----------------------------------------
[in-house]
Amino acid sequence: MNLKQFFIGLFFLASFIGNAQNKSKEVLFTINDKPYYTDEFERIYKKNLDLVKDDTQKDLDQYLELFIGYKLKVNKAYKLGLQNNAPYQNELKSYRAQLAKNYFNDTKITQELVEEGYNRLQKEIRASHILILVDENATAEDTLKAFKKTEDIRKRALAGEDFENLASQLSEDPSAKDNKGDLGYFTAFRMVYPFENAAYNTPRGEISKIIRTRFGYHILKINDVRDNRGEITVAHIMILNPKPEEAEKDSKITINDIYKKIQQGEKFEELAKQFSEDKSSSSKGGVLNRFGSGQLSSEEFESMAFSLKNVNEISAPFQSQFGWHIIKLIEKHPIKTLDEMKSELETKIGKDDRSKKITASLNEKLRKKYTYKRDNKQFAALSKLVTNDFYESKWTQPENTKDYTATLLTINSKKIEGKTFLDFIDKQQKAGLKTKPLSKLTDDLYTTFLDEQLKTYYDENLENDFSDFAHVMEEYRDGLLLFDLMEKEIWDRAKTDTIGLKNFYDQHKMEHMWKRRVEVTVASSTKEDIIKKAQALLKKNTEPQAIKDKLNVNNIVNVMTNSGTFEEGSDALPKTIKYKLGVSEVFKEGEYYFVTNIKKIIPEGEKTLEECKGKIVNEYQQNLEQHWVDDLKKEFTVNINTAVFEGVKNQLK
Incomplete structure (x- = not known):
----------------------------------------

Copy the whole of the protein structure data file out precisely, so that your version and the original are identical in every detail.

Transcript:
[in-house]
Amino acid sequence: MNLKQFFIGLFFLASFIGNAQNKSKEVLFTINDKPYYTDEFERIYKKNLDLVKDDTQKDLDQYLELFIGYKLKVNKAYKLGLQNNAPYQNELKSYRAQLAKNYFNDTKITQELVEEGYNRLQKEIRASHILILVDENATAEDTLKAFKKTEDIRKRALAGEDFENLASQLSEDPSAKDNKGDLGYFTAFRMVYPFENAAYNTPRGEISKIIRTRFGYHILKINDVRDNRGEITVAHIMILNPKPEEAEKDSKITINDIYKKIQQGEKFEELAKQFSEDKSSSSKGGVLNRFGSGQLSSEEFESMAFSLKNVNEISAPFQSQFGWHIIKLIEKHPIKTLDEMKSELETKIGKDDRSKKITASLNEKLRKKYTYKRDNKQFAALSKLVTNDFYESKWTQPENTKDYTATLLTINSKKIEGKTFLDFIDKQQKAGLKTKPLSKLTDDLYTTFLDEQLKTYYDENLENDFSDFAHVMEEYRDGLLLFDLMEKEIWDRAKTDTIGLKNFYDQHKMEHMWKRRVEVTVASSTKEDIIKKAQALLKKNTEPQAIKDKLNVNNIVNVMTNSGTFEEGSDALPKTIKYKLGVSEVFKEGEYYFVTNIKKIIPEGEKTLEECKGKIVNEYQQNLEQHWVDDLKKEFTVNINTAVFEGVKNQLK
Incomplete structure (x- = not known):